Verse-by-Verse Bible Commentary

Luke 18:14

I tell you, this man went to his house justified rather than the other; for everyone who exalts himself will be humbled, but he who humbles himself will be exalted."
New American Standard Version

Bible Study Resources

Concordances:
Nave's Topical Bible - Bigotry;   Confidence;   Humility;   Jesus, the Christ;   Jesus Continued;   Penitent;   Pride;   Publicans;   Repentance;   Self-Righteousness;   Works;   Scofield Reference Index - Justification;   Thompson Chain Reference - Humility;   Humility-Pride;   The Topic Concordance - Abasement;   Exaltation;   Humbleness;   Hypocrisy;   Self-Righteousness;   Torrey's Topical Textbook - Humility;   Justification before God;   Parables;   Prayer, Answers to;  
Dictionaries:
American Tract Society Bible Dictionary - Parable;   Publican;   Bridgeway Bible Dictionary - Adultery;   Boasting;   Humility;   Justification;   Luke, gospel of;   Prayer;   Pride;   Baker Evangelical Dictionary of Biblical Theology - Christ, Christology;   Ethics;   Gospel;   Humility;   Justice;   Pharisees;   Charles Buck Theological Dictionary - Hearing the Word of God;   CARM Theological Dictionary - Tithe;   Fausset Bible Dictionary - Justification;   Luke, the Gospel According to;   Pharisees;   Prayer;   Simeon;   Holman Bible Dictionary - Humility;   Luke, Gospel of;   Parables;   Hastings' Dictionary of the Bible - Ethics;   Gospels;   Jesus Christ;   Luke, Gospel According to;   Parable;   Prayer;   Hastings' Dictionary of the New Testament - Character;   Christ, Christology;   Common Life;   Complacency;   Confession (of Sin);   Discourse;   Equality;   Error;   Exaltation (2);   Forgiveness (2);   Heart;   Hindrance;   Humility;   Justice (2);   Law of God;   Logia;   Mark, Gospel According to;   Mission;   Parable;   Personality;   Pride (2);   Profession (2);   Property (2);   Quotations (2);   Repentance (2);   Sanctify, Sanctification;   Sinners;   Temple (2);   Trinity (2);   Winter ;   1910 New Catholic Dictionary - parable of the pharisee and the publican;   pharisee and publican;   The Hawker's Poor Man's Concordance And Dictionary - Pharisee;   People's Dictionary of the Bible - Chief parables and miracles in the bible;   Smith Bible Dictionary - Phar'isees,;  
Encyclopedias:
Condensed Biblical Cyclopedia - Jesus of Nazareth;   International Standard Bible Encyclopedia - Abase;   Court of the Sanctuary;   Exalt;   Forgiveness;   Gospels, the Synoptic;   Guilt;   Humility;   Jesus Christ (Part 1 of 2);   Prayer;   Prayers of Jesus;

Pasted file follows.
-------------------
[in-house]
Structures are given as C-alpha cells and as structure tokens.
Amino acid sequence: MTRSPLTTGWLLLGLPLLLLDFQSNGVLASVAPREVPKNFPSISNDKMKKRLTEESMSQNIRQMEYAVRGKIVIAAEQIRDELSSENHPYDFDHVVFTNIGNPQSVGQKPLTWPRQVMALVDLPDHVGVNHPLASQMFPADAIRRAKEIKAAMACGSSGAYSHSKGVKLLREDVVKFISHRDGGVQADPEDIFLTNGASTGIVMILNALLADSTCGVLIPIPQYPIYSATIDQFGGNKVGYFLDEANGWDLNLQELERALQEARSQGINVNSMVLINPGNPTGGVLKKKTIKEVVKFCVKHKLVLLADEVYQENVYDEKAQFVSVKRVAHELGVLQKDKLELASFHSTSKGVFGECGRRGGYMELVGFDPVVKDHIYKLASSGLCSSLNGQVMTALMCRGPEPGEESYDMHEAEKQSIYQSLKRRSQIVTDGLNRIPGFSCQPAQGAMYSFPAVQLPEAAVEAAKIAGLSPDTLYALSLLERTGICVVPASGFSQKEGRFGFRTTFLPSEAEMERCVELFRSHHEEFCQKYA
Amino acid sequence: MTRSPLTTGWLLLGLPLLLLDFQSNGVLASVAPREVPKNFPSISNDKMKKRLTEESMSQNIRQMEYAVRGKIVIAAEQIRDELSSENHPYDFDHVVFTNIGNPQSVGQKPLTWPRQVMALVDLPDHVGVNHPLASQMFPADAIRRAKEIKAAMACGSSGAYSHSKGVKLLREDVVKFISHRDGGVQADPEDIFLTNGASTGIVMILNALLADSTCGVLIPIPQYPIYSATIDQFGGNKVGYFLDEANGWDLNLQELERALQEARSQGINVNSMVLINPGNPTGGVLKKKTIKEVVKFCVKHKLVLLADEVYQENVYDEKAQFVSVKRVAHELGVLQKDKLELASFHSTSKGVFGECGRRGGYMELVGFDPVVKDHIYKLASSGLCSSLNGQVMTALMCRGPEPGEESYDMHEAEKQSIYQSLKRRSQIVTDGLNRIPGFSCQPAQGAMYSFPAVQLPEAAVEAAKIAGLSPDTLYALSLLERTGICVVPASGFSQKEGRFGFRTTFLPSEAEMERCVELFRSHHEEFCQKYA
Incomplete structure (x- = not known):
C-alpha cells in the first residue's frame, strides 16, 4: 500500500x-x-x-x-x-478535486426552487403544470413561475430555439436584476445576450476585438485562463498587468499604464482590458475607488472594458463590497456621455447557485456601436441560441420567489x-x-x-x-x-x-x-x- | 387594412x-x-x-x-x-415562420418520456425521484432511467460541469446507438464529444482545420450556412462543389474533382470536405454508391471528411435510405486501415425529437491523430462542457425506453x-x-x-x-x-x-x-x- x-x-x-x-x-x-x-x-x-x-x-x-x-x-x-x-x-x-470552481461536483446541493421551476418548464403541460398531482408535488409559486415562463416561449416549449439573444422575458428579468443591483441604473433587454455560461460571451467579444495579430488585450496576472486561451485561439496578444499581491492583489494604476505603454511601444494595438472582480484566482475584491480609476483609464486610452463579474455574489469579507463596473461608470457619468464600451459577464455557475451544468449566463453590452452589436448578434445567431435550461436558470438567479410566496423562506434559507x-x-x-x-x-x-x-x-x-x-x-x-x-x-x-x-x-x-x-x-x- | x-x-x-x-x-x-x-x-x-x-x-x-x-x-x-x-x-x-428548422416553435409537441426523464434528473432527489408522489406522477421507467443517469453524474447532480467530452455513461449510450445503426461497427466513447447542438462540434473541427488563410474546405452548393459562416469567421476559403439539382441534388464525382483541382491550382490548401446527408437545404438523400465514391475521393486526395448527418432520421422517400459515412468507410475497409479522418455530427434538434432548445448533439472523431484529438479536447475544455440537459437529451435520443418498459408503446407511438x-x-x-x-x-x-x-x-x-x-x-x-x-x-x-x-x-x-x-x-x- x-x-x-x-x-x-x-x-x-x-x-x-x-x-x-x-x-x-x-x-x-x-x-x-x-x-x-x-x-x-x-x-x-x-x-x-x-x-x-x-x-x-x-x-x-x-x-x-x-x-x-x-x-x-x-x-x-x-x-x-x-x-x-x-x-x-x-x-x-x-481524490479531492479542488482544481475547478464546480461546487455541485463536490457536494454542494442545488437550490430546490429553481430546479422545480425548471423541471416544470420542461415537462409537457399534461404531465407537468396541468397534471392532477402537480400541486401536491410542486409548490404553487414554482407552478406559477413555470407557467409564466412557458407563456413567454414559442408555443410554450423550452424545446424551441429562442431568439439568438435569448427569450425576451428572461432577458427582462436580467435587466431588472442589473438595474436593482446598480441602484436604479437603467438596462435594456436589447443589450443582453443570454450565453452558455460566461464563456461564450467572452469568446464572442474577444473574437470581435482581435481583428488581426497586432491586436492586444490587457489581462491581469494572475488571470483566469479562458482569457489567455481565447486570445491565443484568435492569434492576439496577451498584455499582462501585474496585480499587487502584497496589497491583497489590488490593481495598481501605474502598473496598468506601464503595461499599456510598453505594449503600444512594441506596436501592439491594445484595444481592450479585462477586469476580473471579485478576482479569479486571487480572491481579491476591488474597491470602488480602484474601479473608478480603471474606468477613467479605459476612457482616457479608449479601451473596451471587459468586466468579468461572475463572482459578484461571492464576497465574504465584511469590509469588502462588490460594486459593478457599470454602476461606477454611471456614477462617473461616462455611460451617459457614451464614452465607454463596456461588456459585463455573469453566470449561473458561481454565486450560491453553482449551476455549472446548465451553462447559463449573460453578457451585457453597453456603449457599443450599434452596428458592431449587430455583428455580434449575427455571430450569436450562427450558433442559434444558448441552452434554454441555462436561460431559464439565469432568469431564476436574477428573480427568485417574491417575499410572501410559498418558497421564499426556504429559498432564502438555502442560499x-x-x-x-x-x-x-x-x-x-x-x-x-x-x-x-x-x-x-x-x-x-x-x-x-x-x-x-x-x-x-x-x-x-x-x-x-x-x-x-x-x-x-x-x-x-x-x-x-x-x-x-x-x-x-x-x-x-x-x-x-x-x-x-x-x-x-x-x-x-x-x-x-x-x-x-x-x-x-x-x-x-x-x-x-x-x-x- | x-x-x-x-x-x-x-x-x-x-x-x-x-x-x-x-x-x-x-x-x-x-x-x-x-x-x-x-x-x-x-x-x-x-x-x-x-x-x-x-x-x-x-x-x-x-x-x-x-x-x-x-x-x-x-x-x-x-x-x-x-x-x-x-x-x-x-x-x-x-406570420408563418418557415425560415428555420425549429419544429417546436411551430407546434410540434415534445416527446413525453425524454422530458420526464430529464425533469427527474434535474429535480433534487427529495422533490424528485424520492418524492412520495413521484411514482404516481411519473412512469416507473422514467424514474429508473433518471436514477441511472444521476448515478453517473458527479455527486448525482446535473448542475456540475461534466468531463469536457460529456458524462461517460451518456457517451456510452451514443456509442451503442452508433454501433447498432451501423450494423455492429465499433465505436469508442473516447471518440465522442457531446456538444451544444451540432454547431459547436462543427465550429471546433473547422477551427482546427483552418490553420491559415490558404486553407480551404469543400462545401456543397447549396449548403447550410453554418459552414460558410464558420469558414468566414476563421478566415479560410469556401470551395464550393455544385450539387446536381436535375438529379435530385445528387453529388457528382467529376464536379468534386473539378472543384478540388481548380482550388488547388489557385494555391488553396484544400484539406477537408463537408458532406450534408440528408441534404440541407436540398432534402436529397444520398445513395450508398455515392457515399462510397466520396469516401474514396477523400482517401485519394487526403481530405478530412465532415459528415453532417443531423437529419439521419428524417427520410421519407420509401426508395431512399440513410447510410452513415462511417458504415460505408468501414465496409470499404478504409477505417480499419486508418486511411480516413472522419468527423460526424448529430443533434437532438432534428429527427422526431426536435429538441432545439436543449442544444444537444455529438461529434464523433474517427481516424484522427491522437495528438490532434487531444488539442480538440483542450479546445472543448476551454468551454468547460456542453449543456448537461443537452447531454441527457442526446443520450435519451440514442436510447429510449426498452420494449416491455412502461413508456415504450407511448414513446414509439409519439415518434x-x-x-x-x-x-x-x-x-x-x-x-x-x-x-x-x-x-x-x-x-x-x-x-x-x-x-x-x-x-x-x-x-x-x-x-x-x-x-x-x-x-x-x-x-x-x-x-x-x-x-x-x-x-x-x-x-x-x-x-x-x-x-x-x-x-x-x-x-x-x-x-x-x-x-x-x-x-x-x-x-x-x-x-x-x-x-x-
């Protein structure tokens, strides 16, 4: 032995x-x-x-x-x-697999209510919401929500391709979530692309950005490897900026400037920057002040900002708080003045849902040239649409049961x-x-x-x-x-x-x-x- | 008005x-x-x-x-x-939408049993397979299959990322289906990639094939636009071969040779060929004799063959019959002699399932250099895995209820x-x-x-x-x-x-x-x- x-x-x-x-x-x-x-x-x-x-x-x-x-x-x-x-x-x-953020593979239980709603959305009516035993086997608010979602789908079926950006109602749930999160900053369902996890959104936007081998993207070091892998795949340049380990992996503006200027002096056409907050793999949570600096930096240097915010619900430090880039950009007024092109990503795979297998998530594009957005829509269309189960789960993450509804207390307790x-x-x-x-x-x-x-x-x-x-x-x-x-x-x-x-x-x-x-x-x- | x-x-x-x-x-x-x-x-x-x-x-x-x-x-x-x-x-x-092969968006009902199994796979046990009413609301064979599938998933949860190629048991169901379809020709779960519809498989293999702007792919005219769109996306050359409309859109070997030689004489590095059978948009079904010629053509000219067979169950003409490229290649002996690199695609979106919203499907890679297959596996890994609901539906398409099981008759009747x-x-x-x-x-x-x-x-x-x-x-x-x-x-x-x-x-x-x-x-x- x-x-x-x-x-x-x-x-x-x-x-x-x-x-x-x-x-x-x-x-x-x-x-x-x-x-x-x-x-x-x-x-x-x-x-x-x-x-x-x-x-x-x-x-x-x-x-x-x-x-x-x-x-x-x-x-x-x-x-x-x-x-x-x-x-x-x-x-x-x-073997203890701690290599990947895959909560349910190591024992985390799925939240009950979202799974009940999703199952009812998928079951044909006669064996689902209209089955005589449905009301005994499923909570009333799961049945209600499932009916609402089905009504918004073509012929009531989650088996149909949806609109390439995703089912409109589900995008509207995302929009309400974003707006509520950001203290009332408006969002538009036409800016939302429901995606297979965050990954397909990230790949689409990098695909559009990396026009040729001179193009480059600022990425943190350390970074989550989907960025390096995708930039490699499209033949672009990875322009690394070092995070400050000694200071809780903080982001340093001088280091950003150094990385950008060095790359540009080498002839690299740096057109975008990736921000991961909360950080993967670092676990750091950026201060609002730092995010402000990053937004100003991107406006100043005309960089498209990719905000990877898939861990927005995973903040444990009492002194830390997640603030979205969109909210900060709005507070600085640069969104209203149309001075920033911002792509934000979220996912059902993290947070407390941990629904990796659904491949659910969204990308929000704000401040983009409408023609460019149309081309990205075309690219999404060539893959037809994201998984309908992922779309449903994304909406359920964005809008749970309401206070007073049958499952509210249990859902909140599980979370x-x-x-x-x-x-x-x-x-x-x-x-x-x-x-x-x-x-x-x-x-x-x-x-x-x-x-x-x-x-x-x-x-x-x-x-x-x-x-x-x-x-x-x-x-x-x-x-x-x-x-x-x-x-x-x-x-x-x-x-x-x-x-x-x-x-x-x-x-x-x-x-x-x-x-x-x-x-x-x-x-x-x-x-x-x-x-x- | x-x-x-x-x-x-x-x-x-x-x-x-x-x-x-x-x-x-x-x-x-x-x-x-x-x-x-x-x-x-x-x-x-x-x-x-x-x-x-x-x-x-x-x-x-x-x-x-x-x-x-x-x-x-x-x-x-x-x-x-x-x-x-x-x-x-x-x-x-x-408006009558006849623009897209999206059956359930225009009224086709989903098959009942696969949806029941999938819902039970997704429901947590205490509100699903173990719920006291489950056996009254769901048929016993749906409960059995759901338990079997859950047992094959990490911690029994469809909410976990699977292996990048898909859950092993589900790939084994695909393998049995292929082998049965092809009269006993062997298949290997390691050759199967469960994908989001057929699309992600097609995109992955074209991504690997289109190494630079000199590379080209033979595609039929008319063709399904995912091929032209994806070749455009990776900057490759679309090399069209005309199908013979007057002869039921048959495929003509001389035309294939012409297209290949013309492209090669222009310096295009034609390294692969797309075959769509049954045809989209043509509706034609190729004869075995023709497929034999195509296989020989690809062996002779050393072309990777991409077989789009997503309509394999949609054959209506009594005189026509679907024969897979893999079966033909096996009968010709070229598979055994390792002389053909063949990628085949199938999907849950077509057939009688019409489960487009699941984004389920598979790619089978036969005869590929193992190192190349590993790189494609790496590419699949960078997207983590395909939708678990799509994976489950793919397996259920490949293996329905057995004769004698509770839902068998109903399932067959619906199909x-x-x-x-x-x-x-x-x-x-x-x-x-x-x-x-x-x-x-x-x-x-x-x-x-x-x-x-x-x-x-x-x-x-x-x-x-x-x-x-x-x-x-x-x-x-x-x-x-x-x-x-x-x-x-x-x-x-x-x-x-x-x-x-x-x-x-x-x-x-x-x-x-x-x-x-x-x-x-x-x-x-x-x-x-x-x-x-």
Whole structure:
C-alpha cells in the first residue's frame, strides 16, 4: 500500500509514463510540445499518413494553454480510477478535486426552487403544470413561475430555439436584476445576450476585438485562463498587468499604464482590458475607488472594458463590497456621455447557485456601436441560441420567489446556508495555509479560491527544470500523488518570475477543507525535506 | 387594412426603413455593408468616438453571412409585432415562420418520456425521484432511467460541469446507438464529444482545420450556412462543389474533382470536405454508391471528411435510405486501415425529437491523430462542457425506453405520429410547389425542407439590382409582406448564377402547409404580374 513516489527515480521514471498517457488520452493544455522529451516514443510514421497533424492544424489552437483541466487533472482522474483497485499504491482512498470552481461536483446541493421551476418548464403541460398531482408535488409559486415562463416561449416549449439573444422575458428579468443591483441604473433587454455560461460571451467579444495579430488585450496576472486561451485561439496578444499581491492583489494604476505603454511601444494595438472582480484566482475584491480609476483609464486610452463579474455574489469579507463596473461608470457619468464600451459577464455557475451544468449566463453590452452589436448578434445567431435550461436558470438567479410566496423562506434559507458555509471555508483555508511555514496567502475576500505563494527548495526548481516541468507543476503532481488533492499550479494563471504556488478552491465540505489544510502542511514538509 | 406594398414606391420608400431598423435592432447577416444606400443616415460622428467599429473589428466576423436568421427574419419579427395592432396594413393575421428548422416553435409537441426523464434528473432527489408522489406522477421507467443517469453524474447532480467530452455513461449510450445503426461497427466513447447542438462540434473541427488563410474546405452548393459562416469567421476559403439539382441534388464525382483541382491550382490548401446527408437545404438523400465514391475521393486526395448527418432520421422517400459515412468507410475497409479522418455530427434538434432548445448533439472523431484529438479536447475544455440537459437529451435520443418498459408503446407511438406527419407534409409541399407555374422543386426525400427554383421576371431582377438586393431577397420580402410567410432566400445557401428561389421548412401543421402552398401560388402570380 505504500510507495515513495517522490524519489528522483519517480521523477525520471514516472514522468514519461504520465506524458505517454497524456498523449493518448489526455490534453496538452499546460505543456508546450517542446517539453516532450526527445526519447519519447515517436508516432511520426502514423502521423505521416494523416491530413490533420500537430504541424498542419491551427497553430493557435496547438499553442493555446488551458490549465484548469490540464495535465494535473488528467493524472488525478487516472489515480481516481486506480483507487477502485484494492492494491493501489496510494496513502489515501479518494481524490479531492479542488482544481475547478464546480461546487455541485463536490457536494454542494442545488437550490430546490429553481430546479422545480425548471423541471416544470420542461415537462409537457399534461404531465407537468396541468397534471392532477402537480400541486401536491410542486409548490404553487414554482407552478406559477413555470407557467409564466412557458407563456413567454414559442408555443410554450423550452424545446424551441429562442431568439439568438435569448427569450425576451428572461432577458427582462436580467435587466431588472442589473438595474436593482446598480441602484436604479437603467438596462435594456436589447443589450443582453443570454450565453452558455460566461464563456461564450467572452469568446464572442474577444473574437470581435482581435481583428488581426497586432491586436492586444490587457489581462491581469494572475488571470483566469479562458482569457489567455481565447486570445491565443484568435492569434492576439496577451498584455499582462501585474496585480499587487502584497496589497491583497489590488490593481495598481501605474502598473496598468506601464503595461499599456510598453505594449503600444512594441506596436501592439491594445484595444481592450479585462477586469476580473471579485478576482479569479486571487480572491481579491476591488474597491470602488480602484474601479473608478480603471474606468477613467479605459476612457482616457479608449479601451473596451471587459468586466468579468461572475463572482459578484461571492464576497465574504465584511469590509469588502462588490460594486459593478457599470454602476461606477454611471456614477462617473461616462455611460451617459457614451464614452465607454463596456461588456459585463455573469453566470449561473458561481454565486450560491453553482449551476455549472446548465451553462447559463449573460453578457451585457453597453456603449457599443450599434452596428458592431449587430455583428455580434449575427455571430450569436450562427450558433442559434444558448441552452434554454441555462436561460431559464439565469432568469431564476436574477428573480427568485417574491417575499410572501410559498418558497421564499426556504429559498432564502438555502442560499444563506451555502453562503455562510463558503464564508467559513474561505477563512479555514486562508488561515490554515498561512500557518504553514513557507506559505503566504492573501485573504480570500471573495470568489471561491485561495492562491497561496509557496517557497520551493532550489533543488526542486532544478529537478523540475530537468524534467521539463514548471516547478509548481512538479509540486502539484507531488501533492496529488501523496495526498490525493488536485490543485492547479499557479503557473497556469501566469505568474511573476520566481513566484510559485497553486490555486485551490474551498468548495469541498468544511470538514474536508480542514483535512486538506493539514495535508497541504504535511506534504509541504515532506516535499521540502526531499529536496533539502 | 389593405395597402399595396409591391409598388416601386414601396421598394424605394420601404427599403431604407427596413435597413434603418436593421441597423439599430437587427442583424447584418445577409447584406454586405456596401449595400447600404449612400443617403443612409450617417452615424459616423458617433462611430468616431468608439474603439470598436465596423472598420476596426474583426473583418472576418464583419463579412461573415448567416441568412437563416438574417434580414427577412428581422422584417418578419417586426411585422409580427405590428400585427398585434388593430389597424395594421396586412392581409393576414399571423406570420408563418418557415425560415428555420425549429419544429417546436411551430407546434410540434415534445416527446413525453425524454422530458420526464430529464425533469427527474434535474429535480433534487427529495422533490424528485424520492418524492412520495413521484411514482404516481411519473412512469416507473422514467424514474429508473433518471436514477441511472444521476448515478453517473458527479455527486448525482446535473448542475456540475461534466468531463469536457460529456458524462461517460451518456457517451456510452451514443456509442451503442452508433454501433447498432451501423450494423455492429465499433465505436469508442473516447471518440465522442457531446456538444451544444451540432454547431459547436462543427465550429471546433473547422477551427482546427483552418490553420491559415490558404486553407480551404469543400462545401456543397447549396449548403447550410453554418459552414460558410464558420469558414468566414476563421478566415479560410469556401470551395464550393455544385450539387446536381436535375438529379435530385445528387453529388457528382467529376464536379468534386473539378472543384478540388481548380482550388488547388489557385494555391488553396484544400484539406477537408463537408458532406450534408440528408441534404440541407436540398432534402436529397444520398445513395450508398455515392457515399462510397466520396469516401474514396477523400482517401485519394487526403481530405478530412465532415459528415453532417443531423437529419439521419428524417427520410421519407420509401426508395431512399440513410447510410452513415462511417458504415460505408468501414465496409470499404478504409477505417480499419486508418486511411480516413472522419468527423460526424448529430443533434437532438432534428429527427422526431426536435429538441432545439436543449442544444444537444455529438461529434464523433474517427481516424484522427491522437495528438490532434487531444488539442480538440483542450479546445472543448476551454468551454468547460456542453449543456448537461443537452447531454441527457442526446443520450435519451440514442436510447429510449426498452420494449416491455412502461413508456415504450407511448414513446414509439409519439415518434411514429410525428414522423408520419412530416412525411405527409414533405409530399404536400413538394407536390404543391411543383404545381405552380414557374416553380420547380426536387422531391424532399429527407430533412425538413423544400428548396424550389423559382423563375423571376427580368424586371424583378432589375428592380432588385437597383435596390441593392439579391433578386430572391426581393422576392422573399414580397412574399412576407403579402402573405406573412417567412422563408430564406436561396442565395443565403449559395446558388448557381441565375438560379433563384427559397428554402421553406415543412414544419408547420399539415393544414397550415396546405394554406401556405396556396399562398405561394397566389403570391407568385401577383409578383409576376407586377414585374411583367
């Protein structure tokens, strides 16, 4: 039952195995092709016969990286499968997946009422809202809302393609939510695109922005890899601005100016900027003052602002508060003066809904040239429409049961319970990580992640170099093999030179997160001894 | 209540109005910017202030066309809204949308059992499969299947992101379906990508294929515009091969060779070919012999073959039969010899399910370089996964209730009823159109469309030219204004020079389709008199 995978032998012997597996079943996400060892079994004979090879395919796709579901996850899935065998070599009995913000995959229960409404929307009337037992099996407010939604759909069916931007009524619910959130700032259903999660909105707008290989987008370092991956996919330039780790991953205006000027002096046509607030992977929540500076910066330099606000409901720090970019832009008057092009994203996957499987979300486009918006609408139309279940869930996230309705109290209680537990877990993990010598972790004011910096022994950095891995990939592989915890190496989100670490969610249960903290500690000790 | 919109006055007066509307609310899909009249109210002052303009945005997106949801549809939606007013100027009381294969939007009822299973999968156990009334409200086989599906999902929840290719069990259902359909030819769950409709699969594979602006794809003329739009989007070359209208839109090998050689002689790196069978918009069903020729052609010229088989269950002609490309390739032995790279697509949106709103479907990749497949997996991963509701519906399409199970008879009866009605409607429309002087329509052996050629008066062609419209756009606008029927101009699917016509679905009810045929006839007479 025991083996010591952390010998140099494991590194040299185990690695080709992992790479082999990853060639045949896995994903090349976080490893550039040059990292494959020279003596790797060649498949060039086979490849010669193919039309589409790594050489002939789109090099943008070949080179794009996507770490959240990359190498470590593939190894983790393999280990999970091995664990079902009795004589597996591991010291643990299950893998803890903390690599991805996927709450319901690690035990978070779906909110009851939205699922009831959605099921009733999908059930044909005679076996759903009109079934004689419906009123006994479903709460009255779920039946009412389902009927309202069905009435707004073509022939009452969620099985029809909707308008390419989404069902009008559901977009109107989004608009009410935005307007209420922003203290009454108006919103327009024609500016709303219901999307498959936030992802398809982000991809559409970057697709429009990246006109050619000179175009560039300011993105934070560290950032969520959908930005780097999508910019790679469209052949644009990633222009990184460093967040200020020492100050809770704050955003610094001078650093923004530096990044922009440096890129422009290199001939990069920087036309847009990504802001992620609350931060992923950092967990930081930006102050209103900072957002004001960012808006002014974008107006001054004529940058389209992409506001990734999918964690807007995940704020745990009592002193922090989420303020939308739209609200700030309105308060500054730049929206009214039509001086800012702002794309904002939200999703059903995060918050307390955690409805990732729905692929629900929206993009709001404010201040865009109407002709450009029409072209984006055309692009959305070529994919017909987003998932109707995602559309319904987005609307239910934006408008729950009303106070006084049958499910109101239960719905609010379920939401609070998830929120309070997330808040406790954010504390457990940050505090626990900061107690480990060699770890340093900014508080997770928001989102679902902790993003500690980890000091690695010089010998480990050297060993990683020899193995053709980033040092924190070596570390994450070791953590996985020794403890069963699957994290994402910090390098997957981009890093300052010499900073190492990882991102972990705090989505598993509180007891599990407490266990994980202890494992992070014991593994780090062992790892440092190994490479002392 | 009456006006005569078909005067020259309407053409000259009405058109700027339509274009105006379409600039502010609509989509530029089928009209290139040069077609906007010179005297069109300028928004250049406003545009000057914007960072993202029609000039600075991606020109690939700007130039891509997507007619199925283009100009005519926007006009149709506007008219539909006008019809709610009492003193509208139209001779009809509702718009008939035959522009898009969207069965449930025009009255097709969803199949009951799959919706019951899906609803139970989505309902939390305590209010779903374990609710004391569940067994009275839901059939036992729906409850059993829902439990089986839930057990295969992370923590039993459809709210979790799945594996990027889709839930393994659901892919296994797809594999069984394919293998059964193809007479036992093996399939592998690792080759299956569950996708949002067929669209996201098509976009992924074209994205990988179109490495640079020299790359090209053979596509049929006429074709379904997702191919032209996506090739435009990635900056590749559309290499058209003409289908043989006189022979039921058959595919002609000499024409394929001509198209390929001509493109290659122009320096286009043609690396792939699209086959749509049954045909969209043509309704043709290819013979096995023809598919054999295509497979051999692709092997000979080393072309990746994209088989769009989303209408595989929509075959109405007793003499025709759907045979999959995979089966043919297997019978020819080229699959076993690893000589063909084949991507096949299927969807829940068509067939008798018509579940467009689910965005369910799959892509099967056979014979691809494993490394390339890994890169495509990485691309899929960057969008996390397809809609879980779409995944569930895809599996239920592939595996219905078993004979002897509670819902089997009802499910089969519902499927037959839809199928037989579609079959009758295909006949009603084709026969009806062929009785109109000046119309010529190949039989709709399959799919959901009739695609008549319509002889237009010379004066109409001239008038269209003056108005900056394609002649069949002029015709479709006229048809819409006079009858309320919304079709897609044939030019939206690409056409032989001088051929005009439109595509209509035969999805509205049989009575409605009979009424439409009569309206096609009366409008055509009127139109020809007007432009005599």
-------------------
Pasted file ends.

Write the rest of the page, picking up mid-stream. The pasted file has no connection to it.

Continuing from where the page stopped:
Devotionals:
Daily Light on the Daily Path - Devotion for June 30;   Every Day Light - Devotion for April 26;   Faith's Checkbook - Devotion for November 7;  

Adam Clarke Commentary

Went down to his house justified - His sin blotted out; and himself accepted.

Rather than the other - Η εκεινος : that is, the other was not accepted, because he exalted himself - he made use of the mercies which he acknowledged he owed to God, to make claims on the Divine approbation, and to monopolize the salvation of the Most High! He was abased, because he vainly trusted that he was righteous, and depended on what he had been enabled to do, and looked not for a change of heart, nor for reconciliation to God. It is a strange perversion of the human mind, to attempt to make God our debtor by the very blessings which his mere mercy has conferred upon us! It was a maxim among the Jews, that whoever brought a sacrifice to the temple returned justified. But our Lord shows that this depended on the state of mind - if they were not humbled under a sense of sin, they were not justified, though they had even offered a sacrifice.

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Clarke, Adam. "Commentary on Luke 18:14". "The Adam Clarke Commentary". https://www.studylight.org/commentaries/acc/luke-18.html. 1832.

Albert Barnes' Notes on the Whole Bible

I tell you - The Pharisees would have said that the first man here was approved. Jesus assures them that they judged erroneously. God judges of this differently from people.

Justified - Accepted or approved of God. The word “justify” means to declare or treat as righteous. In this case it means that in their prayers the one was approved and the other not; the one went down with the favor of God in answer to his petitions, the other not.

For every one … - See the notes at Luke 14:11.

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Barnes, Albert. "Commentary on Luke 18:14". "Barnes' Notes on the Whole Bible". https://www.studylight.org/commentaries/bnb/luke-18.html. 1870.

John Gill's Exposition of the Whole Bible

I tell you that this man,.... The publican that so freely owned himself to be a sinner, and by his carriage acknowledged he was unworthy of any favour; and who was treated with so much contempt by the Pharisee:

went down to his house; from the temple which was built on a mountain,